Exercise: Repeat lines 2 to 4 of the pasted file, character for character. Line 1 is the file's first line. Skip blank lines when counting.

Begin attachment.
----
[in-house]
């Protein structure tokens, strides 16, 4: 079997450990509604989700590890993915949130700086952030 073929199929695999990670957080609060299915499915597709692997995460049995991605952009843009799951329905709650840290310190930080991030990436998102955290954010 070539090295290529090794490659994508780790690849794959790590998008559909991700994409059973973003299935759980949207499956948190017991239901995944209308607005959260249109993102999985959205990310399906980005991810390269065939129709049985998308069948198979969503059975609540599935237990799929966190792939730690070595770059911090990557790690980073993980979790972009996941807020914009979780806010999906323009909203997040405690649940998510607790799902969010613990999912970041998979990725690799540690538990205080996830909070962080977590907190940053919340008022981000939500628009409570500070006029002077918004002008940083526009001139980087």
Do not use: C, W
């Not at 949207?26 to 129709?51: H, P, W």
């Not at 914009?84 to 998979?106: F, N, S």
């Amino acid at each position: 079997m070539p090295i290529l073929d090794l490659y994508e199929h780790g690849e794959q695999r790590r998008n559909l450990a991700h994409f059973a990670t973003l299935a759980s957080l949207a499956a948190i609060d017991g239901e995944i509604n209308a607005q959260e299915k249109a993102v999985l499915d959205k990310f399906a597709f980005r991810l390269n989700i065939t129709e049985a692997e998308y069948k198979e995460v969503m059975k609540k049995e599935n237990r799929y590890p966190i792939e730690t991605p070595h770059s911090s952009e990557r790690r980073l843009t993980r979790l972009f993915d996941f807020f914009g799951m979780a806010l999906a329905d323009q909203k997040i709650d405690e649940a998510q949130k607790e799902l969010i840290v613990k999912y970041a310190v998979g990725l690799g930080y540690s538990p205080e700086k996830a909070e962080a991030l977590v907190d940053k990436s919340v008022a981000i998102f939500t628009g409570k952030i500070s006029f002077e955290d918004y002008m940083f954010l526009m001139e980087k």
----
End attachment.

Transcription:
């Protein structure tokens, strides 16, 4: 079997450990509604989700590890993915949130700086952030 073929199929695999990670957080609060299915499915597709692997995460049995991605952009843009799951329905709650840290310190930080991030990436998102955290954010 070539090295290529090794490659994508780790690849794959790590998008559909991700994409059973973003299935759980949207499956948190017991239901995944209308607005959260249109993102999985959205990310399906980005991810390269065939129709049985998308069948198979969503059975609540599935237990799929966190792939730690070595770059911090990557790690980073993980979790972009996941807020914009979780806010999906323009909203997040405690649940998510607790799902969010613990999912970041998979990725690799540690538990205080996830909070962080977590907190940053919340008022981000939500628009409570500070006029002077918004002008940083526009001139980087």
Do not use: C, W
């Not at 949207?26 to 129709?51: H, P, W």